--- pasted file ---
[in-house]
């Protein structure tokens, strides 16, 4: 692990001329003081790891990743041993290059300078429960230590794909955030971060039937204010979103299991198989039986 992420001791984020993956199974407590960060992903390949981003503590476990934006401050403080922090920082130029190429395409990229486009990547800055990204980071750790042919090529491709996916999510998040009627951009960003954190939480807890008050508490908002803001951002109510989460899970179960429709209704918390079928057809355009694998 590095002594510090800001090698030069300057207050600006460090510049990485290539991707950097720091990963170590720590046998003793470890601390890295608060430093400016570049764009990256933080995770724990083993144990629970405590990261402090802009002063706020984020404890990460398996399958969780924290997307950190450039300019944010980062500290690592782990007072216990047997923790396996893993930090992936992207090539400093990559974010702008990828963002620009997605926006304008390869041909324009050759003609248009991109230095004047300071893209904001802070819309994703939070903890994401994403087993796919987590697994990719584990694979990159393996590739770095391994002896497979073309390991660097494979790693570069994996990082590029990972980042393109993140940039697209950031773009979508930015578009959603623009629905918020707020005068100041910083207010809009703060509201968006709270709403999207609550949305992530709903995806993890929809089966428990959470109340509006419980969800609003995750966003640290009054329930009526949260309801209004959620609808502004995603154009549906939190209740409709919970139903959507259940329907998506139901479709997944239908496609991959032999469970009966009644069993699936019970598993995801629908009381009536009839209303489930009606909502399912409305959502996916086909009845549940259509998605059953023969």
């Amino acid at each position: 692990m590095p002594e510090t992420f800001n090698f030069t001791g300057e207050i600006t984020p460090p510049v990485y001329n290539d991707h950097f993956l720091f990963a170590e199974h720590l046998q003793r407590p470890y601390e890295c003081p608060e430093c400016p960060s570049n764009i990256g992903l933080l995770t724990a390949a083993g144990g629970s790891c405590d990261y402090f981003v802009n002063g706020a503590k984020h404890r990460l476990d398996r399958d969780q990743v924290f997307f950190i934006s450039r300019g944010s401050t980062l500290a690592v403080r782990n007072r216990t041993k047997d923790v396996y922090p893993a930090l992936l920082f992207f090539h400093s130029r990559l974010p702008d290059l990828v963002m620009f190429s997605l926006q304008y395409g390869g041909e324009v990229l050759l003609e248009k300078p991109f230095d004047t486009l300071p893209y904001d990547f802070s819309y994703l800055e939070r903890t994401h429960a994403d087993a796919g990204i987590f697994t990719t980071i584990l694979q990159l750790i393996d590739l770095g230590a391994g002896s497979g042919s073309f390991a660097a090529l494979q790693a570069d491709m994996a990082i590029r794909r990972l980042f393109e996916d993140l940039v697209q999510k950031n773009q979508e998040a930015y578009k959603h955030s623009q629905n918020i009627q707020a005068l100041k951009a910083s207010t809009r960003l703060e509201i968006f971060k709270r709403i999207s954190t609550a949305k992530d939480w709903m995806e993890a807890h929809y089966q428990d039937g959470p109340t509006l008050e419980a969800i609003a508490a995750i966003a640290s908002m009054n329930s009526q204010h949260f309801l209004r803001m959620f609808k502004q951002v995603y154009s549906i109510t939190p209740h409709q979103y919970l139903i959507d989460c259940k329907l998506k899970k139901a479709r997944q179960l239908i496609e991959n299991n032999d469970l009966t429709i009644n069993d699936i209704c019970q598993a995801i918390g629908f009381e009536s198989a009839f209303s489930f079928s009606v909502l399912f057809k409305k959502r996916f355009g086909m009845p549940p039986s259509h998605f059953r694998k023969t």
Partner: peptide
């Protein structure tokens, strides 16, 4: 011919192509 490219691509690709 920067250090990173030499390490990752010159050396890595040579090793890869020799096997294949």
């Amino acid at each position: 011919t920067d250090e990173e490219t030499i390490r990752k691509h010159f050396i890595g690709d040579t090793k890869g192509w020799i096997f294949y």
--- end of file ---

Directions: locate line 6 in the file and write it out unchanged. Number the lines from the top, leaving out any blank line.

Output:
């Amino acid at each position: 011919t920067d250090e990173e490219t030499i390490r990752k691509h010159f050396i890595g690709d040579t090793k890869g192509w020799i096997f294949y």